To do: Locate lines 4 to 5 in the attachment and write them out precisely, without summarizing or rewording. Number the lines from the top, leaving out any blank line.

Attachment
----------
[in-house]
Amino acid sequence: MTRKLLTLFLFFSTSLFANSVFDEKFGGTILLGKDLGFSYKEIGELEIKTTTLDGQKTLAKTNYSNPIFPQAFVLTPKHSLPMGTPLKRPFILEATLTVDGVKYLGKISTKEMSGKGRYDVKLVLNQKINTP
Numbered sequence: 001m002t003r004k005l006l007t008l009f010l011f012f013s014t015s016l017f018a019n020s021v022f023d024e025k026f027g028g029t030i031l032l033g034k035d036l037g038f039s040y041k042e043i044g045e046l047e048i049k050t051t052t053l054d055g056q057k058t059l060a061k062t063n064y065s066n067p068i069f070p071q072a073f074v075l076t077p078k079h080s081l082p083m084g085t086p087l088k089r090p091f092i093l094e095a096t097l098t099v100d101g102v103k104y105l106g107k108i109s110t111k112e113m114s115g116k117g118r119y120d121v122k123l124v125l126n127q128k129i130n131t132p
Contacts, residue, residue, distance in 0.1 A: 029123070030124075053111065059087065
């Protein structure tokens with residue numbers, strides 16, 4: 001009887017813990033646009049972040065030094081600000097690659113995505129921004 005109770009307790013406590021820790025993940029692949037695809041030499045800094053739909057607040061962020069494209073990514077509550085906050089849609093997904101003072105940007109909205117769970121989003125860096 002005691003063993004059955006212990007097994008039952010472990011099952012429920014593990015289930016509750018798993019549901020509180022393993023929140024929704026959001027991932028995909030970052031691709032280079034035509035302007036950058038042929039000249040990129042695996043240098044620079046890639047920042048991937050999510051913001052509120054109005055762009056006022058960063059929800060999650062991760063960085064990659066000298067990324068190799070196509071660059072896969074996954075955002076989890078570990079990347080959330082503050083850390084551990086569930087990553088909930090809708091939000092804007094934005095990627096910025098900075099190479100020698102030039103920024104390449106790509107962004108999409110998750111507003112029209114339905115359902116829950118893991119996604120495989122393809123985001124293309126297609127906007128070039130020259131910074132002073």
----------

Contacts, residue, residue, distance in 0.1 A: 029123070030124075053111065059087065
């Protein structure tokens with residue numbers, strides 16, 4: 001009887017813990033646009049972040065030094081600000097690659113995505129921004 005109770009307790013406590021820790025993940029692949037695809041030499045800094053739909057607040061962020069494209073990514077509550085906050089849609093997904101003072105940007109909205117769970121989003125860096 002005691003063993004059955006212990007097994008039952010472990011099952012429920014593990015289930016509750018798993019549901020509180022393993023929140024929704026959001027991932028995909030970052031691709032280079034035509035302007036950058038042929039000249040990129042695996043240098044620079046890639047920042048991937050999510051913001052509120054109005055762009056006022058960063059929800060999650062991760063960085064990659066000298067990324068190799070196509071660059072896969074996954075955002076989890078570990079990347080959330082503050083850390084551990086569930087990553088909930090809708091939000092804007094934005095990627096910025098900075099190479100020698102030039103920024104390449106790509107962004108999409110998750111507003112029209114339905115359902116829950118893991119996604120495989122393809123985001124293309126297609127906007128070039130020259131910074132002073």